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Tantara Records

Late Conversations
Robert CUNDICK (b. 1926) Sonata for Violoncello and Piano
David SARGENT Conversations
Michael HICKS Induction Coil
Reid NIBLEY Sonata for Cello and Piano
Drinkall Baker Duo ((Roger Drinkall, cello; Dian Baker, cello) No details of recording dates or venues 1996 TANTARA TCD-039696B5 [51.01]


Why these ‘conversations’, between cello and piano, should be ‘late’ I’m not sure, but the disc is definitely worth listening to as it has much to say. All the artists, composers and performers are associated with Brigham Young University, Idaho. According to its website, the university’s honor code: ‘emphasizes being honest, living a chaste and virtuous life, abstaining from alcohol and tobacco, using clean language and following other values encompassed in the doctrines of the Church.’ (http://home.byu.edu/webapp/home/index, accessed May 2004)

Of course it’s personal taste but that’s not my sort of code. If its professor of cello (Drinkall) and its ‘head of the accompanying area’ (Baker) were obliged to play music that fulfils the code then I suspect this may have been a dull disc. As it is, only the opening work disappoints.

The conservatism inherent in the code is evident in Cundick’s sonata that could have been written a hundred years ago. There are echoes of French Impressionism, particularly in the Arabian sounding theme that starts the piece. It sounds good and that should be sufficient excuse for its existence. However, I can’t rid myself of the thought that composing in earlier idioms is worthless unless they are revisited with a modern eye; such as Stravinsky’s neo-classicism.

It could be age. As I grapple with the fact that I must now be middle-aged, I find myself concerned that my time’s running out despite the fact that there’s so much music, and so many performances, that I want to listen to. In my more neurotic moments I’ve considered playing two pieces simultaneously to pack in as much as possible (I shall seek treatment). However, as we are blessed with having more music at our personal disposal than ever before, we should choose our listening carefully. There’s too much good stuff to hear without wasting time. Hence, if I wish to hear early 20th century cello-piano music in the European tradition then I’ll be reaching for favoured and new performances of Debussy, Ravel and others. I shan’t be reaching for Cundick because he’s not as good as they and that’s not a criticism. If there is a limited repertory for instruments then that in itself is justification for writing music in ‘old’ idioms but that’s not the case for this combination.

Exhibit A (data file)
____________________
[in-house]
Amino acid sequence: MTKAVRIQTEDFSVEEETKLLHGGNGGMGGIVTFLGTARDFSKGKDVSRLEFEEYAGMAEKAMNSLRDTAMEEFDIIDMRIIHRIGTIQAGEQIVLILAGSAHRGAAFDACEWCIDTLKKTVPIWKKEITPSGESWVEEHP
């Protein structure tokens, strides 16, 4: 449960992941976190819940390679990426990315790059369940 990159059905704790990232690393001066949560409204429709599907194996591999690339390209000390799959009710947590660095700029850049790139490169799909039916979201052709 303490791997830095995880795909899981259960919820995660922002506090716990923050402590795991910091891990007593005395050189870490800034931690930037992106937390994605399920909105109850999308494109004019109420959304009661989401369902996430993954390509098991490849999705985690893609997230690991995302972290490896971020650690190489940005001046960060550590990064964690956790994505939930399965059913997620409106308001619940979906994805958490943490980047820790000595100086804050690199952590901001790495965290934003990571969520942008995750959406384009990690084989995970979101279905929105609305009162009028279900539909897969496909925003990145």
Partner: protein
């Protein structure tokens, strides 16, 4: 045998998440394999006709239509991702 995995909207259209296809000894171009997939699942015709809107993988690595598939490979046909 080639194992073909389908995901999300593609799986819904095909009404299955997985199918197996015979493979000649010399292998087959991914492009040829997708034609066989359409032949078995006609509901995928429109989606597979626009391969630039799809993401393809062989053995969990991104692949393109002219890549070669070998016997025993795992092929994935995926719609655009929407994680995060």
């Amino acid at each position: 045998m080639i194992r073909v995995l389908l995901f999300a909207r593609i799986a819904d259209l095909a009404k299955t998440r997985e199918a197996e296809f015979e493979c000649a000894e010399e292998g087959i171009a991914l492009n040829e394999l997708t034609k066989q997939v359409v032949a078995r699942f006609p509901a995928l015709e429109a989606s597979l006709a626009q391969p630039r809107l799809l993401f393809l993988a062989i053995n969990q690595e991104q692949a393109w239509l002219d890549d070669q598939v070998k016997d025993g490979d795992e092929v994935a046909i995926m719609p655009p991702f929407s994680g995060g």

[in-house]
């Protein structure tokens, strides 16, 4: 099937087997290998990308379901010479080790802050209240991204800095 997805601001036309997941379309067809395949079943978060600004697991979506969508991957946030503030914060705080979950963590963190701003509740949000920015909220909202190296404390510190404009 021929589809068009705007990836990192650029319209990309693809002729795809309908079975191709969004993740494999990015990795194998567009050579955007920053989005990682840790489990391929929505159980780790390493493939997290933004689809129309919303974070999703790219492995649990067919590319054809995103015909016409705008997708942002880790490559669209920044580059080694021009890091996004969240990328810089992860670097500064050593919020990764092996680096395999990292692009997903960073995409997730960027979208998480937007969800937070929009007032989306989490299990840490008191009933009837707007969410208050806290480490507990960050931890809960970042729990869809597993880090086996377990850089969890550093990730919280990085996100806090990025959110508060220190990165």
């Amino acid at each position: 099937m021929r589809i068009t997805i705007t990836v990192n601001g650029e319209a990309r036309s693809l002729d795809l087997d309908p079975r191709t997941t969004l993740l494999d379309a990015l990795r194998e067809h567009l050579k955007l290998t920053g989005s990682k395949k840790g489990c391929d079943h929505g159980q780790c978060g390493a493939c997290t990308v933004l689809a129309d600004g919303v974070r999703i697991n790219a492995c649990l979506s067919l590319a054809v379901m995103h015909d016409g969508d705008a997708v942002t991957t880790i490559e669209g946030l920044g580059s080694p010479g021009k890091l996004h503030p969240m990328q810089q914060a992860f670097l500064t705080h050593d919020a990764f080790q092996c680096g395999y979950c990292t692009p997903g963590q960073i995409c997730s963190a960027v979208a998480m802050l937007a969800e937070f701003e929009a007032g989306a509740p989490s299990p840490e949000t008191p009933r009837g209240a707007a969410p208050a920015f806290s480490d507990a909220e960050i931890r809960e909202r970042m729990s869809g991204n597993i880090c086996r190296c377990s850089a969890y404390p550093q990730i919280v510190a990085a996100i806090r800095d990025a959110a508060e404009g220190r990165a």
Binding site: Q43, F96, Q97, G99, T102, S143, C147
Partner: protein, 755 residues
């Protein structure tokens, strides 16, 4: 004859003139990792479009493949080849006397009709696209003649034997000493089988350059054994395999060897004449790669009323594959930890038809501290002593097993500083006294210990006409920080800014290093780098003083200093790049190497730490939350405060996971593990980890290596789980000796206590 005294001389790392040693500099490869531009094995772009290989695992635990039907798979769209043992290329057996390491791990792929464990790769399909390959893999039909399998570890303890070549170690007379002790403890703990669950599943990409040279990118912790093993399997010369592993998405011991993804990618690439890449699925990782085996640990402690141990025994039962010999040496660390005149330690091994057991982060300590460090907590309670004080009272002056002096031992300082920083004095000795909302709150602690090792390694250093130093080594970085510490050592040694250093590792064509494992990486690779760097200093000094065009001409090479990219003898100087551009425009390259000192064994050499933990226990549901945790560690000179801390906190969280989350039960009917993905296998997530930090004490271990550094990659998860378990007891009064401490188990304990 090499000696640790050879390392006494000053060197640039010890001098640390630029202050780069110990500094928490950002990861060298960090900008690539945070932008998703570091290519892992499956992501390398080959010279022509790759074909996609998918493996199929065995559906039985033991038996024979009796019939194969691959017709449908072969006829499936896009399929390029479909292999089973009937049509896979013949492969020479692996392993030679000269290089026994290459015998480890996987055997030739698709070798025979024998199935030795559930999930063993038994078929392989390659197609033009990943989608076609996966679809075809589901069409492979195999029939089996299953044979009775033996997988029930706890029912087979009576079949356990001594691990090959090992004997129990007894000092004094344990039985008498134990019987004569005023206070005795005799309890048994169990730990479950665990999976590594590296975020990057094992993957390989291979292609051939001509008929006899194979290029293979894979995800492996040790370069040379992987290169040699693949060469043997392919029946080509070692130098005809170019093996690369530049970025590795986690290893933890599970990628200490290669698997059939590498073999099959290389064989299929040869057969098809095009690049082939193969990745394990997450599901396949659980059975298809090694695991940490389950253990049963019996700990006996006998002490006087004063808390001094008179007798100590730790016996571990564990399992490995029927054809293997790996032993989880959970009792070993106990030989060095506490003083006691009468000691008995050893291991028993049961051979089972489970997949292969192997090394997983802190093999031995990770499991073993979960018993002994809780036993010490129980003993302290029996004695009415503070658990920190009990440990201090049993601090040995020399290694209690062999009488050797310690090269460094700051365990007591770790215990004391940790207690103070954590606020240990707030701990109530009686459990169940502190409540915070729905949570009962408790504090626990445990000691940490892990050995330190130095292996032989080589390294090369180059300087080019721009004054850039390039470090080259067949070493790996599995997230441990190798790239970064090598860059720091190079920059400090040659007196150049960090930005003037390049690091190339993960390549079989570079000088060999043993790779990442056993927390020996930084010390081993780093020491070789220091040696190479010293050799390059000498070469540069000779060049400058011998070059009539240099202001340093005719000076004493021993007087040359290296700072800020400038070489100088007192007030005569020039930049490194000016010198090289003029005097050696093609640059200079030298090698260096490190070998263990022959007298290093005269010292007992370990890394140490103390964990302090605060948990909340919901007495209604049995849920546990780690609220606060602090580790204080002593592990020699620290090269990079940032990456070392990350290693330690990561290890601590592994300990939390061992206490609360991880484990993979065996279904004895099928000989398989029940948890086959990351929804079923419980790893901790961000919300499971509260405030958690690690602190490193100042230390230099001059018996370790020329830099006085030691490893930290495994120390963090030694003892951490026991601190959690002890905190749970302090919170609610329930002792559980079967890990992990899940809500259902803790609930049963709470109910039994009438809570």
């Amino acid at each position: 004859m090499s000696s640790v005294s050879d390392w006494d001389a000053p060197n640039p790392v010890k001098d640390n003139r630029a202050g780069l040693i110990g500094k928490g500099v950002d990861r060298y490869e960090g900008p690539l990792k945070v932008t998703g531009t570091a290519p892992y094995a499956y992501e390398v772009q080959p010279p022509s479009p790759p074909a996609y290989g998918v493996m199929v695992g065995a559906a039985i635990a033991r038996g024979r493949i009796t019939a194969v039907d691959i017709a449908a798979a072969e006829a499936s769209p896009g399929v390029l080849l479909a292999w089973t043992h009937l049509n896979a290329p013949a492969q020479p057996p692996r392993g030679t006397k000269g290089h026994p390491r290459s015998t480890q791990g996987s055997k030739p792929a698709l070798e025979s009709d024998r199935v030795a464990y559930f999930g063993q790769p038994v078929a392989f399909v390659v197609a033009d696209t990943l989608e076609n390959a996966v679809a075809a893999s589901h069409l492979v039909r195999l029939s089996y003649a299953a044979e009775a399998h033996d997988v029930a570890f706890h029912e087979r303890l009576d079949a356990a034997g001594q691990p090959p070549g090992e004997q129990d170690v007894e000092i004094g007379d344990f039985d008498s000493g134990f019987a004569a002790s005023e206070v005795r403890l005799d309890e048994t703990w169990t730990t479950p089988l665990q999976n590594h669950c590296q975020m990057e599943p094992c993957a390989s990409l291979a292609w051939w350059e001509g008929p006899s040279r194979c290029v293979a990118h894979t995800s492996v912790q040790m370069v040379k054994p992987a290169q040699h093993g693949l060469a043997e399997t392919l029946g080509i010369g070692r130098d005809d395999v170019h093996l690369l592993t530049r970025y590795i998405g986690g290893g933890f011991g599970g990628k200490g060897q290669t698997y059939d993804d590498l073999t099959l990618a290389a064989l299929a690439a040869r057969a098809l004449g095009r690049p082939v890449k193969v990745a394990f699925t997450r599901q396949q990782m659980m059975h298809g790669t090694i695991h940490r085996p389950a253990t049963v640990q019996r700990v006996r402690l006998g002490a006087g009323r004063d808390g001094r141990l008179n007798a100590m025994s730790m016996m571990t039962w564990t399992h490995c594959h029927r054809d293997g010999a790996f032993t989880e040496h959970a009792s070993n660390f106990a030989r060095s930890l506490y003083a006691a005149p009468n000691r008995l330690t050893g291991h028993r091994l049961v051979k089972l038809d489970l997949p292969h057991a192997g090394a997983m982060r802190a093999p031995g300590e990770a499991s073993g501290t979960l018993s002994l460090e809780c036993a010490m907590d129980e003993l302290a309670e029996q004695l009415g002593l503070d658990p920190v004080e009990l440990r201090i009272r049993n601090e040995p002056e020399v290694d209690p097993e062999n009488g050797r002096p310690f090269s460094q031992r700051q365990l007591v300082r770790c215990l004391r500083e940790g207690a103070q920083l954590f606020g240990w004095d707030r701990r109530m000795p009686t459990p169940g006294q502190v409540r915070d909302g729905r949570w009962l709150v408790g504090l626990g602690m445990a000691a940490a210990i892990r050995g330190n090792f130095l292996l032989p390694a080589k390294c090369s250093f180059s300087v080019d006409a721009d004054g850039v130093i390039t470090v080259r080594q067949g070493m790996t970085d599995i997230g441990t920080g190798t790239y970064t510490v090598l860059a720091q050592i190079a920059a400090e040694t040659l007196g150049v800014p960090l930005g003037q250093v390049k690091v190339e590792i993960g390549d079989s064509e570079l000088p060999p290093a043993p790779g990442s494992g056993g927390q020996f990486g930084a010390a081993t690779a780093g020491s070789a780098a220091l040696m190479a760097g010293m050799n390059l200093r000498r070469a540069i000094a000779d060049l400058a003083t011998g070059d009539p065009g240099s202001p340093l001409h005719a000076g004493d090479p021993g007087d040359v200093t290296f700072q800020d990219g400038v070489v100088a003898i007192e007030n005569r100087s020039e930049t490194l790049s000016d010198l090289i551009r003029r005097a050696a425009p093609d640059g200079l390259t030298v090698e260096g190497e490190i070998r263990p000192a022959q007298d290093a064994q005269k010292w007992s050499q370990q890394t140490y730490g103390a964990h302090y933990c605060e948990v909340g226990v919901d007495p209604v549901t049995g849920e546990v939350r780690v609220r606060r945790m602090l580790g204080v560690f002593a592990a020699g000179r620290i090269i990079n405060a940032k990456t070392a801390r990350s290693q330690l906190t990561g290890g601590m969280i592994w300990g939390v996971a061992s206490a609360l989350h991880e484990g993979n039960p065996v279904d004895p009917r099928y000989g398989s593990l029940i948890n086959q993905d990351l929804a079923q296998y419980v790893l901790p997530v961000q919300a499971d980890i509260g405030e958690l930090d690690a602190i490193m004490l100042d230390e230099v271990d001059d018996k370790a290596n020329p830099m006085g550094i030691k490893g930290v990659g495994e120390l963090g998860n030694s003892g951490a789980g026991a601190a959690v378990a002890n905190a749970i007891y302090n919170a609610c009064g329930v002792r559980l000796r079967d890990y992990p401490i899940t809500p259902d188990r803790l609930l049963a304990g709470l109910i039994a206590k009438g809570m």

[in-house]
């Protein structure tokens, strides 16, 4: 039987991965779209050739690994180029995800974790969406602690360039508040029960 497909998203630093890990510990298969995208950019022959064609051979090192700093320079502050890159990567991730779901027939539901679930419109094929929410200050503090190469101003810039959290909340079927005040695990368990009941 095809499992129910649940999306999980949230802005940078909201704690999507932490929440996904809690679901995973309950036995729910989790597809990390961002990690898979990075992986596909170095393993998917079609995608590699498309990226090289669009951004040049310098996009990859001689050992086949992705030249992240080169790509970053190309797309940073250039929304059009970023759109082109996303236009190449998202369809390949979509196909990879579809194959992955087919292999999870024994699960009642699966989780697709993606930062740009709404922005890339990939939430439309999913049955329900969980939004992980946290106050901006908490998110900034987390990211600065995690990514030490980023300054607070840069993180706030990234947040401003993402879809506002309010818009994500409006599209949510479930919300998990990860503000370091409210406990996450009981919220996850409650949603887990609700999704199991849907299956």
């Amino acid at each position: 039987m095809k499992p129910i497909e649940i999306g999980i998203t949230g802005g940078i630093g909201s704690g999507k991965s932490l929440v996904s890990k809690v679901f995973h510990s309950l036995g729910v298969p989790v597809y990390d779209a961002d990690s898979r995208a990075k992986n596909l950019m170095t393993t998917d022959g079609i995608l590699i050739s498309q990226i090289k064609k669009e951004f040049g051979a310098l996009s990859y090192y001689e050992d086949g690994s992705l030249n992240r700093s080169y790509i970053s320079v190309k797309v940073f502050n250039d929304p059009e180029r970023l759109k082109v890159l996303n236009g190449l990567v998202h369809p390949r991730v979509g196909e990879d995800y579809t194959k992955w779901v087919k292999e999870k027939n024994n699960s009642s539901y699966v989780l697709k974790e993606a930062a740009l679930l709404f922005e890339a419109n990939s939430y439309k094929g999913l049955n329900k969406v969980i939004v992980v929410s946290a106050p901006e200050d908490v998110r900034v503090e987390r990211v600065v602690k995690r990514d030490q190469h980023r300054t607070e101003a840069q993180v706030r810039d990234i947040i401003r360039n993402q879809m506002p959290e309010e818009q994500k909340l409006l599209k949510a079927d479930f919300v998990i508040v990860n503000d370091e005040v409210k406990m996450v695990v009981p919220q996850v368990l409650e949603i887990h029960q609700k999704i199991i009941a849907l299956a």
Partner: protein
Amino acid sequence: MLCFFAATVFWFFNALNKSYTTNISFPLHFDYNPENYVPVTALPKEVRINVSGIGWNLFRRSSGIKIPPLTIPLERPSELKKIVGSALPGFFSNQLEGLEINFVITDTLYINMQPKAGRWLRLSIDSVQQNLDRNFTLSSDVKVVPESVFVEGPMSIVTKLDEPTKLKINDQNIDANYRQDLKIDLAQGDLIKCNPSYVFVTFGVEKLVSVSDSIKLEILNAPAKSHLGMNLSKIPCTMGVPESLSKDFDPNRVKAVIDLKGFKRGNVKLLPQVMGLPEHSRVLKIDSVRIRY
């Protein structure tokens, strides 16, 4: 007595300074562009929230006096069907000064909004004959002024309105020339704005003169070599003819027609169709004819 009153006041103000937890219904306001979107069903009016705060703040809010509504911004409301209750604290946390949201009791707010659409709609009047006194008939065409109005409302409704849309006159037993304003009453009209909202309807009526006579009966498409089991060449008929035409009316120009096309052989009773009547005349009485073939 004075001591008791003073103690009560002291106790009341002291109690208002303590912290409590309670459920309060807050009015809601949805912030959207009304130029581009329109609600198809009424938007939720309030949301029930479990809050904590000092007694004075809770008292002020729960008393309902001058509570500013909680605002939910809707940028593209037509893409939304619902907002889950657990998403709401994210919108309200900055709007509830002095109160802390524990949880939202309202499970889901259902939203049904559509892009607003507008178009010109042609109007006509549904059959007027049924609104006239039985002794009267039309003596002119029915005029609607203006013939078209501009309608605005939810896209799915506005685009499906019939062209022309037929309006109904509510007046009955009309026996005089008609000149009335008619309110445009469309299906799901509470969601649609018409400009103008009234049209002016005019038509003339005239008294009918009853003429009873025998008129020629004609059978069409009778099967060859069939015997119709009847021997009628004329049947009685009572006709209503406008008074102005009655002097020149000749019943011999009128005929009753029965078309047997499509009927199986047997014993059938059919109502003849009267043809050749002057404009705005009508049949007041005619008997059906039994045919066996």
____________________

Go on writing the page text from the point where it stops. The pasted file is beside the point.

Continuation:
Happily, the other three composers are aware of what happened after World War I and their music is much more invigorating. Sargent’s music could be a score for an avant-garde animation, such as Viking Eggeling’s Diagonal Symphony. Each movement is a different type of conversation; the lively ones are too abrasive to be the stuff of ‘late conversations’, particularly those I suspect that are supposed to take place at Brigham Young.

Hicks’ Induction Coil offers a great variety of sound, stretching both instruments to their limits. I particularly liked the moment when both cellist and pianist are directed to strum. Steven Johnson’s notes are excellent and he quotes the composer: [Hicks] title, then, “connotes (a) a coiled coupling of two circuits in which interruptions in the direct current of one circuit produce a high-potential alternating current in the other and (b) a kind of hypnotic induction carried out on a cobra.”

Well, if it is possible to compose the above then Hicks has done it.

Nibley claims his sonata is designed for easy listening in a ‘modern-romantic, eclectic, tonal and mildly dissonant’ style. Whilst it’s certainly approachable, the ‘easy’ tag is slightly misleading particularly if you’re listening to it late at night. The last movement is especially good and shows off the marvellous virtuoso playing of both Drinkall and Baker; the recording’s good too.

Of course it could be that all these composers are writing music in the light of the ‘honor code’ and to be abstemious might be far more interesting than it seems to me.

Nick Lacey


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